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Fortune magazine Senior Writer and CNNMoney.com columnist Marc Gunther, commenting on cancer-causing toxicants in products, asks, “What if it turns out that prevention is the cure?


Mark Gunther Blog
June 17, 2007


If you’re the parent of a pre-teen boy, you probably paid attention the news that a manufacturer of Thomas the Tank Engine trains recalled more than two dozen toys because the red and green paint used to decorate more than 1.5 million of them contains lead which, if ingested by kids, can cause long-term health problems.

California, meanwhile, passed legislation recently that aims to ban chemical compounds known as phthalates — they make plastic more plastic, or softer — from children’s toys.

And environmental advocacy groups are bringing pressure on Target to replace packaging, toys and shower curtains made with PVC — commonly called vinyl, though it stands for polyvinyl chloride — with safer alternatives.

Yes, toxics — or alleged toxics — are making news. The risk that products we consume every day contain toxic chemicals is a big, emerging issue for business. It’s complex. It’s enormously controversial. And a lot of money is at stake.

Last week, I met with Richard Liroff, executive director of the Investor Environmental Health Network, a shareholder coalition. His organization, he told me, has been encouraging companies to adopt “safer chemicals” policies for all their products, in part to avoid unexpected risks or liabilities.

During the 2007 proxy season, the IEHN and its allies filed thirteen shareholder resolutions with such brand-name firms as Apple, CVS, Dow, DuPont, Sears and ServiceMaster. The group says it is getting results, including the following:

  • Whole Foods Markets announced that it would remove baby bottles and other products that contain certain toxics from its shelves as part of a new corporate policy initiative to reduce customers’ exposure to hormone-disrupting chemicals.
  • Wal-Mart announced a new “preferred substances policy” that incorporates a precautionary, hazards-based approach to chemicals management, initially focusing on persistent bioaccumulative toxics and carcinogens.
  • ConAgra agreed to analyze and report on alternatives to PFOA in food packaging.
  • Becton, Dickinson agreed to survey its suppliers regarding brominated flame retardants in its medical device.
  • Johnson & Johnson agreed to initiate a stakeholder dialogue with one of the cosmetics industry’s harshest critics, the Campaign for Safe Cosmetics.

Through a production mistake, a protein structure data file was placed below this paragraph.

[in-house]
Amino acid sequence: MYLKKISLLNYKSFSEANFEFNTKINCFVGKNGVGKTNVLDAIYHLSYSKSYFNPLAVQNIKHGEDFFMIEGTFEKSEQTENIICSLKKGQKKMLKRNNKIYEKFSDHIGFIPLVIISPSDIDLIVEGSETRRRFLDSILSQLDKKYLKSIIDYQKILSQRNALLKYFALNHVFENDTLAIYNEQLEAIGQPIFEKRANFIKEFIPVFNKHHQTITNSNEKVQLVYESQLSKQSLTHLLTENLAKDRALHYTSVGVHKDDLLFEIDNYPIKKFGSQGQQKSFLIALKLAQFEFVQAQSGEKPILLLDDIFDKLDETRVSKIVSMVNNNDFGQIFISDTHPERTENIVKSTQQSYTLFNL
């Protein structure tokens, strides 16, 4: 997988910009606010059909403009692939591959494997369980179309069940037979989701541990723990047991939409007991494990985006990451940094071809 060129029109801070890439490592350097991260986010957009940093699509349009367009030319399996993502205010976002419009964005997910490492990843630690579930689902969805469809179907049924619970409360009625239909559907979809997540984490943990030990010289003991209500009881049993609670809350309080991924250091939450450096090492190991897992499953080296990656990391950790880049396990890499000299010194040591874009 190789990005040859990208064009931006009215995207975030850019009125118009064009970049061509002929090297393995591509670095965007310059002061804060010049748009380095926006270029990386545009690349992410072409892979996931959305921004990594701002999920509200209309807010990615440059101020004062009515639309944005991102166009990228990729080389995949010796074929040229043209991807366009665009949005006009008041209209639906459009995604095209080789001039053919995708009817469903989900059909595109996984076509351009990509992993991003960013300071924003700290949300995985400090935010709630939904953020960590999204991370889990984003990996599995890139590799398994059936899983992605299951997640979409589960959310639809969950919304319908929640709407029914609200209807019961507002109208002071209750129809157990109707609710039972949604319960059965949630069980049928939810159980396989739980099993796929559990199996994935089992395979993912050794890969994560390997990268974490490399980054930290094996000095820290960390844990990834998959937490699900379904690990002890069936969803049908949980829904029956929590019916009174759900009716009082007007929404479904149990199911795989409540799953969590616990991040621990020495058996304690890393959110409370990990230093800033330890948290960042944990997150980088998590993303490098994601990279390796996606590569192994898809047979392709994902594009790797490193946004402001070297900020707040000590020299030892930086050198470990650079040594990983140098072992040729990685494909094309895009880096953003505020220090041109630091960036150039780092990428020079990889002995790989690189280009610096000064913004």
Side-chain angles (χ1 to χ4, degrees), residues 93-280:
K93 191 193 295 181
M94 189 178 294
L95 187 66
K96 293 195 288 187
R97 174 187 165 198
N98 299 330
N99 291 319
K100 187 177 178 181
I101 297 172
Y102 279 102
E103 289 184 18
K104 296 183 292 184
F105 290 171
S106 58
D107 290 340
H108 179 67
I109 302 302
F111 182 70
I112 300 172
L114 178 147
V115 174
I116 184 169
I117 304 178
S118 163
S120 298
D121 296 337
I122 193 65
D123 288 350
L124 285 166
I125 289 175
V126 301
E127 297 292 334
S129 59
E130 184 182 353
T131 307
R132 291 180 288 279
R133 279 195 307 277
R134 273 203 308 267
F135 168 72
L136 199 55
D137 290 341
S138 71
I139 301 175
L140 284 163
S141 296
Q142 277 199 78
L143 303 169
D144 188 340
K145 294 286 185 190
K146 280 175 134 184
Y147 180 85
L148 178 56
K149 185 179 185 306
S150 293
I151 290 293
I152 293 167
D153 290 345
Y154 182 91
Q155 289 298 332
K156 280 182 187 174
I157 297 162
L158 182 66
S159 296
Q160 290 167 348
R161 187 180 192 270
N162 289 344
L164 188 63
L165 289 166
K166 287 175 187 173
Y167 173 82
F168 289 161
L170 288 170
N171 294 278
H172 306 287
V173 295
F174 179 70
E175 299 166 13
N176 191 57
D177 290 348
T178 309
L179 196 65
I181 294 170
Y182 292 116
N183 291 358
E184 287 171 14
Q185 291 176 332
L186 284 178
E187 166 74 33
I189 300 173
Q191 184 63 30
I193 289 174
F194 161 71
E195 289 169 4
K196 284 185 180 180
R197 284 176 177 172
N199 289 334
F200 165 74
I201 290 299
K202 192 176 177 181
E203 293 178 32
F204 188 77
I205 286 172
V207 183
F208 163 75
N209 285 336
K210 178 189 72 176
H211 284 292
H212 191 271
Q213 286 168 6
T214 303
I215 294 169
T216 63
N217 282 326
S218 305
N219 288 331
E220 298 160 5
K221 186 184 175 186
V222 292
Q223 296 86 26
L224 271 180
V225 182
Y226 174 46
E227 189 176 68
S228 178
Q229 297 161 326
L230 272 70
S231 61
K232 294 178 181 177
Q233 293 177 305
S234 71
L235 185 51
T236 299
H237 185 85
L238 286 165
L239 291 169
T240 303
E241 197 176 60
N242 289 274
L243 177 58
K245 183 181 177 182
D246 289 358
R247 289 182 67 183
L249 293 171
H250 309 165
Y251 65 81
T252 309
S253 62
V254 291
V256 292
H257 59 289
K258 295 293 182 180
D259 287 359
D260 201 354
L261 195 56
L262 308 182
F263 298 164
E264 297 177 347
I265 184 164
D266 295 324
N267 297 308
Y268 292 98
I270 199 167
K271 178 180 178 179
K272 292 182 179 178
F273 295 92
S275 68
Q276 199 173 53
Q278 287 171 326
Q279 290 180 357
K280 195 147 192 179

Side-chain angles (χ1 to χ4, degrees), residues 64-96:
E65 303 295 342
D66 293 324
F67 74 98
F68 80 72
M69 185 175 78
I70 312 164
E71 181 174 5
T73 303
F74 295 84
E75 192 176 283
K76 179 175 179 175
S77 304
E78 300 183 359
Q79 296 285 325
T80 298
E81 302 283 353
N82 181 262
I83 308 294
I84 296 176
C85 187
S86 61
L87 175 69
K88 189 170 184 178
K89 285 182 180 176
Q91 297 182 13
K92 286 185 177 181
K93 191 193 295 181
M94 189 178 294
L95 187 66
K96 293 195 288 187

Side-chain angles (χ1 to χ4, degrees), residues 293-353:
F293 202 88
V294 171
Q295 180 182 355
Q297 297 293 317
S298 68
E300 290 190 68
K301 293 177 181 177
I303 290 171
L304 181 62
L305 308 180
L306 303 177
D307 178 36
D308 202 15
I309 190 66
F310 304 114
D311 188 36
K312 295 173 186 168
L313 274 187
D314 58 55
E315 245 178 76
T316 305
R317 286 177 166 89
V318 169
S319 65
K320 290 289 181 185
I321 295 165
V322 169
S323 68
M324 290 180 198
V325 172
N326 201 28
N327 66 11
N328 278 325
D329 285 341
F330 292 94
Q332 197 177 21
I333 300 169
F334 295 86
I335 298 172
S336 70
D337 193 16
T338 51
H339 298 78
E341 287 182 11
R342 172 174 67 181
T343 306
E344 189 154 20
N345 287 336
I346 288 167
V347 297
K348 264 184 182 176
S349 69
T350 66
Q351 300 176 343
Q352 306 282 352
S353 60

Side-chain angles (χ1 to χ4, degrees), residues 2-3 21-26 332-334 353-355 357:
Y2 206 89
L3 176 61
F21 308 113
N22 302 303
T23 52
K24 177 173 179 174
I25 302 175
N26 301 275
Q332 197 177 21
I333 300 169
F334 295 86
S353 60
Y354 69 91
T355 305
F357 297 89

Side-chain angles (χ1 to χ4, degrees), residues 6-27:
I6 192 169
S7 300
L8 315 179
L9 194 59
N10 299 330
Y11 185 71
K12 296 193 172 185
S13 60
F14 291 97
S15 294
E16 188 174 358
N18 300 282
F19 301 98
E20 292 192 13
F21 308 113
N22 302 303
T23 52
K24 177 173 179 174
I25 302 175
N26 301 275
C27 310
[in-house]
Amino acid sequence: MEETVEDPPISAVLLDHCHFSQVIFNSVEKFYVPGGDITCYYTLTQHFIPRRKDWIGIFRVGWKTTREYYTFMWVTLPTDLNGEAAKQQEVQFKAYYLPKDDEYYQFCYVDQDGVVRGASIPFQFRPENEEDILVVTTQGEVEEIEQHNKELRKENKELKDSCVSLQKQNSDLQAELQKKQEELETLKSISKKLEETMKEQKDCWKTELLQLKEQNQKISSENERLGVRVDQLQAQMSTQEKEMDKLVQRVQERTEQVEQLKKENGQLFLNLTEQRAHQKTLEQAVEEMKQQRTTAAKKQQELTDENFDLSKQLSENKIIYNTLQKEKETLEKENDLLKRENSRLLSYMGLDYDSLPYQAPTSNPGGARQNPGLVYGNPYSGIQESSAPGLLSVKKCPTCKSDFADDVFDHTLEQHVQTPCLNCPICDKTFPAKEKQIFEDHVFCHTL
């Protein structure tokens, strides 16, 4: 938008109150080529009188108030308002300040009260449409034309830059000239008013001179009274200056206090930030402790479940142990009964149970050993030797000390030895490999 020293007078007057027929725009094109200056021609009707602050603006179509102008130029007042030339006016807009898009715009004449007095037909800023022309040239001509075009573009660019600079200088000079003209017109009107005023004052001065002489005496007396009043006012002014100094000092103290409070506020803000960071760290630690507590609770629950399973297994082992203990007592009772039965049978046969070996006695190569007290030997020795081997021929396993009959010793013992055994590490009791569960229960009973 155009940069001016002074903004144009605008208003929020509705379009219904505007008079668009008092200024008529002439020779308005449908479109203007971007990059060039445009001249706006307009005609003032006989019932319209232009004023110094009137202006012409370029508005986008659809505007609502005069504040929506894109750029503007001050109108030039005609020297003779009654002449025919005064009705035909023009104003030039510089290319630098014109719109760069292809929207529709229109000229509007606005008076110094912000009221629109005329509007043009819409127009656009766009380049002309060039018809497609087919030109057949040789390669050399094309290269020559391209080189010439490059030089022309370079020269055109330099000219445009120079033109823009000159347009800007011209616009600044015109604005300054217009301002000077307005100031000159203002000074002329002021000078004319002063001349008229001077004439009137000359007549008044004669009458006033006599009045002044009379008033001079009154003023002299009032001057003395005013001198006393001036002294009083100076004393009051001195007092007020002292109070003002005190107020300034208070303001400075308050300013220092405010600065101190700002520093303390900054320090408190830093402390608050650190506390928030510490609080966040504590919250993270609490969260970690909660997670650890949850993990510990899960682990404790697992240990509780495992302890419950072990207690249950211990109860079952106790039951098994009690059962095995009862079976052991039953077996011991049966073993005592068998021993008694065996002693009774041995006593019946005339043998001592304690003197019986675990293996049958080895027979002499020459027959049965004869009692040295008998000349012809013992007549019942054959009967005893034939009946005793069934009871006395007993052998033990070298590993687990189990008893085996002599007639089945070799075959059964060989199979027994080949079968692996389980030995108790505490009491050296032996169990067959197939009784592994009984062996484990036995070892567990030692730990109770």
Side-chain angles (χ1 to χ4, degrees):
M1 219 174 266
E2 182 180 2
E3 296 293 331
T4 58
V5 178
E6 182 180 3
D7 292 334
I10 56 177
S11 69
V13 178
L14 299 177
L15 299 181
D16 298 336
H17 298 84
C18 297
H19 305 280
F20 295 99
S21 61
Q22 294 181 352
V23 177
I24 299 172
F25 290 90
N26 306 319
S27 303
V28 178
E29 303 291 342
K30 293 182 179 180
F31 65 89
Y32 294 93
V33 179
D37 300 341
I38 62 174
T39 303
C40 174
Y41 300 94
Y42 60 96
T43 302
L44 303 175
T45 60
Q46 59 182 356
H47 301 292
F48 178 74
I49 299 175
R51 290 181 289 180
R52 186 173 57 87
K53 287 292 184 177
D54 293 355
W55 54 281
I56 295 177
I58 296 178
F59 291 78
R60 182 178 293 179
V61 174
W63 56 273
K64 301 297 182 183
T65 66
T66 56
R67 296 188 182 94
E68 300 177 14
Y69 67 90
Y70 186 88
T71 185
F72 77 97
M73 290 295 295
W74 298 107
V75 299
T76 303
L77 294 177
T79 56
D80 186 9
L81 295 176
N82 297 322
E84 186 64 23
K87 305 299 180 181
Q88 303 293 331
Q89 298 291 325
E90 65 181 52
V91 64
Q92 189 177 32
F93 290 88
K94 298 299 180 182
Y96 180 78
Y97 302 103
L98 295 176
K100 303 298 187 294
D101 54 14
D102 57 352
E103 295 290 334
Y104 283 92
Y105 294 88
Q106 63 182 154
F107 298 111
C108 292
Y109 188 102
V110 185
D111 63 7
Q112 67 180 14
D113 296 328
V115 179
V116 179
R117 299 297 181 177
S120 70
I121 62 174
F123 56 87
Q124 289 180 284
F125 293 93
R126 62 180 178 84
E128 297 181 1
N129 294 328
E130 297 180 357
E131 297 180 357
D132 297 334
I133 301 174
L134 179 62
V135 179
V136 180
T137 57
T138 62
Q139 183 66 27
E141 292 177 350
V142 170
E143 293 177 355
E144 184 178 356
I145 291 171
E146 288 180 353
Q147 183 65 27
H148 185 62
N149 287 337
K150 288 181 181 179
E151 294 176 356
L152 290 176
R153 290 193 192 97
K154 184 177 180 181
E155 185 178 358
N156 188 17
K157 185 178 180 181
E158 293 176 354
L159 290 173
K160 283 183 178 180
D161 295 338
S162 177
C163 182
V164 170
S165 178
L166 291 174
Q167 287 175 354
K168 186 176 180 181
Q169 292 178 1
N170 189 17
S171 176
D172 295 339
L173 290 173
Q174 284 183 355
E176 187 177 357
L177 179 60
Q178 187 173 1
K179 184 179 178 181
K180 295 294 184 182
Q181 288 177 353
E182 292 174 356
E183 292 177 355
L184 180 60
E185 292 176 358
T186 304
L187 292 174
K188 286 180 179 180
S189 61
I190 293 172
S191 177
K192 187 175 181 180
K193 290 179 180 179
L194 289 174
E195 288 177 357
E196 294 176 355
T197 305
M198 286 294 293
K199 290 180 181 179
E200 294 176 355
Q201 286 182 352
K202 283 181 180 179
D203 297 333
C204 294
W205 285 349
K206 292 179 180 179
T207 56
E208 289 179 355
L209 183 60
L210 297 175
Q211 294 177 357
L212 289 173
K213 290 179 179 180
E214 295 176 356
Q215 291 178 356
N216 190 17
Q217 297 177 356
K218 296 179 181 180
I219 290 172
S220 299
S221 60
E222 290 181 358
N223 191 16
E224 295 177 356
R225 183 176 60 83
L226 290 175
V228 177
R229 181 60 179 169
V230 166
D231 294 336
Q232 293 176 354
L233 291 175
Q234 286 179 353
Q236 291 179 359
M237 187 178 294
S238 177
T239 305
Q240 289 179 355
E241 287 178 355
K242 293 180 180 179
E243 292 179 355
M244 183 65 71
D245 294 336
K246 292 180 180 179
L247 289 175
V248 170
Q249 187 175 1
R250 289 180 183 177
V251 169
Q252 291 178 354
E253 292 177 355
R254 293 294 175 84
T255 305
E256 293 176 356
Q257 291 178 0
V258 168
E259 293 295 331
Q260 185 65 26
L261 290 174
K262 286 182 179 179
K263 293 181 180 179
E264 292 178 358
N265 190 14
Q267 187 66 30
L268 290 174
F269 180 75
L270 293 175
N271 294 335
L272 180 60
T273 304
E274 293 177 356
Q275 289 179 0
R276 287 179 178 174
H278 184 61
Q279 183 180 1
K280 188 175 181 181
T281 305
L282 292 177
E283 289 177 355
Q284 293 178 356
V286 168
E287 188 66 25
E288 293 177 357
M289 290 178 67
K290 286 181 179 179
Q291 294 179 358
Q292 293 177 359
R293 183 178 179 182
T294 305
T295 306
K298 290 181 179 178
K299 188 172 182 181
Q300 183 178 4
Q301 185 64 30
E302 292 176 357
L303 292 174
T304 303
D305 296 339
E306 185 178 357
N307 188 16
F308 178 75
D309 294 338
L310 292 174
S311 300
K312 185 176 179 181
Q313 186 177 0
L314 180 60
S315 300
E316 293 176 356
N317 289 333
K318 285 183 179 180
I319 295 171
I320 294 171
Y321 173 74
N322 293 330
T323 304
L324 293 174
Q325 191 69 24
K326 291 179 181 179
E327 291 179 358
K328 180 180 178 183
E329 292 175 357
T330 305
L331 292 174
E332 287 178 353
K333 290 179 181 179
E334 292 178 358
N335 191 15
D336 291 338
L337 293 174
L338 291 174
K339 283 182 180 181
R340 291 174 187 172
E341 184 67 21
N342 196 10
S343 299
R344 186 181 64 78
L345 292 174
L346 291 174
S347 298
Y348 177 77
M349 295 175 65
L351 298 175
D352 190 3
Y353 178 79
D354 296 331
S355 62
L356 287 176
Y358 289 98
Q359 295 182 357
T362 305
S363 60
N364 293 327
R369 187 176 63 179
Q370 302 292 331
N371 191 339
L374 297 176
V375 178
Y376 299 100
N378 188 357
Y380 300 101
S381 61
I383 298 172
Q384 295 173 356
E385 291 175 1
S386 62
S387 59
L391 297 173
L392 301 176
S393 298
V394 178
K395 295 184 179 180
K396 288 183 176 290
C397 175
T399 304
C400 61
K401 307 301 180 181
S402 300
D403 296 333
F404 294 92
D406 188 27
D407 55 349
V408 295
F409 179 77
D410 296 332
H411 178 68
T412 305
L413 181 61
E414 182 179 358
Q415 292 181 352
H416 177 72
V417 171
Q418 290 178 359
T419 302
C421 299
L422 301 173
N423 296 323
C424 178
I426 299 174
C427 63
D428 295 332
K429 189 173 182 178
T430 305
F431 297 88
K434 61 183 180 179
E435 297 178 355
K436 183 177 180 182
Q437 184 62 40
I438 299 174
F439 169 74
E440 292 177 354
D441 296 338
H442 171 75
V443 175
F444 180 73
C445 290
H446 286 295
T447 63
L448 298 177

Cosmetics is a key industry to watch when it comes to toxics. The Campaign for Safe Cosmetics is a coalition of public health, educational, religious, labor, women’s, environmental and consumer groups, formed in 2002. Its goal is to push the health and beauty industry to phase out the use of chemicals linked to cancer, birth defects and other health problems, and replace them with safer alternatives.

In January, a report on chemical risks by the respected research firm Innovest Strategic Value Advisors, which analyzes the environmental and social practices of public companies, found that some companies are much better prepared than others to deal with potential risks. The leaders? The Body Shop, Unilever and Procter & Gamble. The laggards? Elizabeth Arden, Estee Lauder and Revlon. (You can download the report from Innovest’s website.)

Since cosmetics firms are so dependent on their brands, and since they make products that are (dare I say it) not exactly essential, those that are unprepared to defend everything they put in their products could find themselves with worse problems than a lipstick smear.

Liroff’s a smart guy. A fifty-something Ph.D. (in political science), he started IEHN after working for more than two decades at the World Wildlife Fund. Money managers who have been active in IEHN include the Green Century Funds, Domini Social Investments, Trillium Asset Management and Boston Common Asset Management.

He wants to be business-friendly. The IEHN’s resolutions typically ask companies to take a close look at what chemicals they use and the potential risks, and some are even more general, seeking sustainability reports. “We don’t dictate outcomes,” Liroff says. “We want to stimulate inquiry, to push companies beyond conventional thinking, beyond standard operating procedure.”

Shrewdly, he is focusing on retailers like Wal-Mart, CVS and Target, rather that chemical companies, because they can be persuaded, or pressured, to “green” their supply chain. Liroff’s been invited to join in a chemicals task force as part of Wal-Mart’s sustainability drive; a resolution filed with CVS was withdrawn after the company agreed to engage in dialog with investors over safe cosmetics issues; and he has not made progress with Target.

Predictably, arguments rage over the safety of a range of chemicals. Sorting through the science is more a full-time job. I haven’t even begun to look myself.

But Liroff, who is not at alarmist, said something that has stuck in my head since we met. Certain cancer rates, he said, are rising in the U.S., and the medical establishment, led by the American Cancer Society, has focused on finding a cure. But other cancer activists want to take a look at the potential — yes, potential — causes of cancer, including toxics in the products we buy and in the environment.

What if it turns out that prevention is the cure?

©2008 — by Marc Gunther